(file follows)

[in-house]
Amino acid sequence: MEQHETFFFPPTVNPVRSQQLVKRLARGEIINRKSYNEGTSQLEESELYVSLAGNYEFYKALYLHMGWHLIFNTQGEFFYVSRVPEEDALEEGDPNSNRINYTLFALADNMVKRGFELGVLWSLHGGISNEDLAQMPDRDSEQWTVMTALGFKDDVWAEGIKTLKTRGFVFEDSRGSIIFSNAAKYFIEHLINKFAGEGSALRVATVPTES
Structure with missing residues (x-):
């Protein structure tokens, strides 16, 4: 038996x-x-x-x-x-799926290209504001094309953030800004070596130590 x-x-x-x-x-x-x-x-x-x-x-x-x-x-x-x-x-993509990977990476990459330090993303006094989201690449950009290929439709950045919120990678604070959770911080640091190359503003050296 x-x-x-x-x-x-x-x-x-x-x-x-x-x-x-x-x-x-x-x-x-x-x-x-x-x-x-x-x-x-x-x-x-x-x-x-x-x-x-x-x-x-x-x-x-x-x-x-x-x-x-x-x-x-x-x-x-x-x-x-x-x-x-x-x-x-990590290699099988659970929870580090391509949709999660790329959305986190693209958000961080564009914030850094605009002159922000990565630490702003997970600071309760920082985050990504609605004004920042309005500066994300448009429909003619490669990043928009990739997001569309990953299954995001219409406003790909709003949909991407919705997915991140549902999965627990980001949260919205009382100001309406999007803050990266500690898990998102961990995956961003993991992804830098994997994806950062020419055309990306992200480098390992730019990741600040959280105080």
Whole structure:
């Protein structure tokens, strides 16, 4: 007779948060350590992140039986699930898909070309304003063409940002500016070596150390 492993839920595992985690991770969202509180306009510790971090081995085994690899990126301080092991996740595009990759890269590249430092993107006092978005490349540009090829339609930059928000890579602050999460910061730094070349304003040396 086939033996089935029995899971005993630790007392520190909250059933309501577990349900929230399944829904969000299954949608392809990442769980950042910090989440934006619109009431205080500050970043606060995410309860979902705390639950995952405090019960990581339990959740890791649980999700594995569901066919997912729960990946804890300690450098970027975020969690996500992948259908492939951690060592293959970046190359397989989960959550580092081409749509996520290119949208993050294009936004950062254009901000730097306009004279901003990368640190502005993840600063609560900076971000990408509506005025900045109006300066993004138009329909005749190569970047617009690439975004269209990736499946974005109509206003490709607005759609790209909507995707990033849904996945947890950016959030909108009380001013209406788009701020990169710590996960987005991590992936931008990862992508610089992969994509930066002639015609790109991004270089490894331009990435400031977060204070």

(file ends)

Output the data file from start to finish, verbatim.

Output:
[in-house]
Amino acid sequence: MEQHETFFFPPTVNPVRSQQLVKRLARGEIINRKSYNEGTSQLEESELYVSLAGNYEFYKALYLHMGWHLIFNTQGEFFYVSRVPEEDALEEGDPNSNRINYTLFALADNMVKRGFELGVLWSLHGGISNEDLAQMPDRDSEQWTVMTALGFKDDVWAEGIKTLKTRGFVFEDSRGSIIFSNAAKYFIEHLINKFAGEGSALRVATVPTES
Structure with missing residues (x-):
């Protein structure tokens, strides 16, 4: 038996x-x-x-x-x-799926290209504001094309953030800004070596130590 x-x-x-x-x-x-x-x-x-x-x-x-x-x-x-x-x-993509990977990476990459330090993303006094989201690449950009290929439709950045919120990678604070959770911080640091190359503003050296 x-x-x-x-x-x-x-x-x-x-x-x-x-x-x-x-x-x-x-x-x-x-x-x-x-x-x-x-x-x-x-x-x-x-x-x-x-x-x-x-x-x-x-x-x-x-x-x-x-x-x-x-x-x-x-x-x-x-x-x-x-x-x-x-x-x-990590290699099988659970929870580090391509949709999660790329959305986190693209958000961080564009914030850094605009002159922000990565630490702003997970600071309760920082985050990504609605004004920042309005500066994300448009429909003619490669990043928009990739997001569309990953299954995001219409406003790909709003949909991407919705997915991140549902999965627990980001949260919205009382100001309406999007803050990266500690898990998102961990995956961003993991992804830098994997994806950062020419055309990306992200480098390992730019990741600040959280105080």
Whole structure:
């Protein structure tokens, strides 16, 4: 007779948060350590992140039986699930898909070309304003063409940002500016070596150390 492993839920595992985690991770969202509180306009510790971090081995085994690899990126301080092991996740595009990759890269590249430092993107006092978005490349540009090829339609930059928000890579602050999460910061730094070349304003040396 086939033996089935029995899971005993630790007392520190909250059933309501577990349900929230399944829904969000299954949608392809990442769980950042910090989440934006619109009431205080500050970043606060995410309860979902705390639950995952405090019960990581339990959740890791649980999700594995569901066919997912729960990946804890300690450098970027975020969690996500992948259908492939951690060592293959970046190359397989989960959550580092081409749509996520290119949208993050294009936004950062254009901000730097306009004279901003990368640190502005993840600063609560900076971000990408509506005025900045109006300066993004138009329909005749190569970047617009690439975004269209990736499946974005109509206003490709607005759609790209909507995707990033849904996945947890950016959030909108009380001013209406788009701020990169710590996960987005991590992936931008990862992508610089992969994509930066002639015609790109991004270089490894331009990435400031977060204070």